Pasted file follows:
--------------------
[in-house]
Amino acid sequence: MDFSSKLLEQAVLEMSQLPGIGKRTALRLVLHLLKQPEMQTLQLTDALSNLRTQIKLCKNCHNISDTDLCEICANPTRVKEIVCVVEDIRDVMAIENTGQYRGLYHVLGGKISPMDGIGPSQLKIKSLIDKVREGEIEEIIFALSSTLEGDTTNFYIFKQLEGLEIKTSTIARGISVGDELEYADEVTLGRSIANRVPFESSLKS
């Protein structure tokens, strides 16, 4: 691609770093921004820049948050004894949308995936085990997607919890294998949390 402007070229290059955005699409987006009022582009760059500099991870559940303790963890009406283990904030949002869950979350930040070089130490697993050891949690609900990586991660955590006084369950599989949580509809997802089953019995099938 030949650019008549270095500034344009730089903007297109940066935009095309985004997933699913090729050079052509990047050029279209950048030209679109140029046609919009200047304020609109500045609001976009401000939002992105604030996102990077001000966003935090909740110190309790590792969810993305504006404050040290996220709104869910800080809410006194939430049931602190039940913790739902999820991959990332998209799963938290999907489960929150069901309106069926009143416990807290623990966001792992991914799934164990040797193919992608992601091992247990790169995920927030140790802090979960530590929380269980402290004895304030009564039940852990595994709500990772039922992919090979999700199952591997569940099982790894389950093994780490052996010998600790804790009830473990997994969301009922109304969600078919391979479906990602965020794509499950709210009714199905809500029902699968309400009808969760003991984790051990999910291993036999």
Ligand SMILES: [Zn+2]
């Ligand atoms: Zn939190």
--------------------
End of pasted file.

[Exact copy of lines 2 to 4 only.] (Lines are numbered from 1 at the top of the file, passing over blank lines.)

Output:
Amino acid sequence: MDFSSKLLEQAVLEMSQLPGIGKRTALRLVLHLLKQPEMQTLQLTDALSNLRTQIKLCKNCHNISDTDLCEICANPTRVKEIVCVVEDIRDVMAIENTGQYRGLYHVLGGKISPMDGIGPSQLKIKSLIDKVREGEIEEIIFALSSTLEGDTTNFYIFKQLEGLEIKTSTIARGISVGDELEYADEVTLGRSIANRVPFESSLKS
């Protein structure tokens, strides 16, 4: 691609770093921004820049948050004894949308995936085990997607919890294998949390 402007070229290059955005699409987006009022582009760059500099991870559940303790963890009406283990904030949002869950979350930040070089130490697993050891949690609900990586991660955590006084369950599989949580509809997802089953019995099938 030949650019008549270095500034344009730089903007297109940066935009095309985004997933699913090729050079052509990047050029279209950048030209679109140029046609919009200047304020609109500045609001976009401000939002992105604030996102990077001000966003935090909740110190309790590792969810993305504006404050040290996220709104869910800080809410006194939430049931602190039940913790739902999820991959990332998209799963938290999907489960929150069901309106069926009143416990807290623990966001792992991914799934164990040797193919992608992601091992247990790169995920927030140790802090979960530590929380269980402290004895304030009564039940852990595994709500990772039922992919090979999700199952591997569940099982790894389950093994780490052996010998600790804790009830473990997994969301009922109304969600078919391979479906990602965020794509499950709210009714199905809500029902699968309400009808969760003991984790051990999910291993036999």
Ligand SMILES: [Zn+2]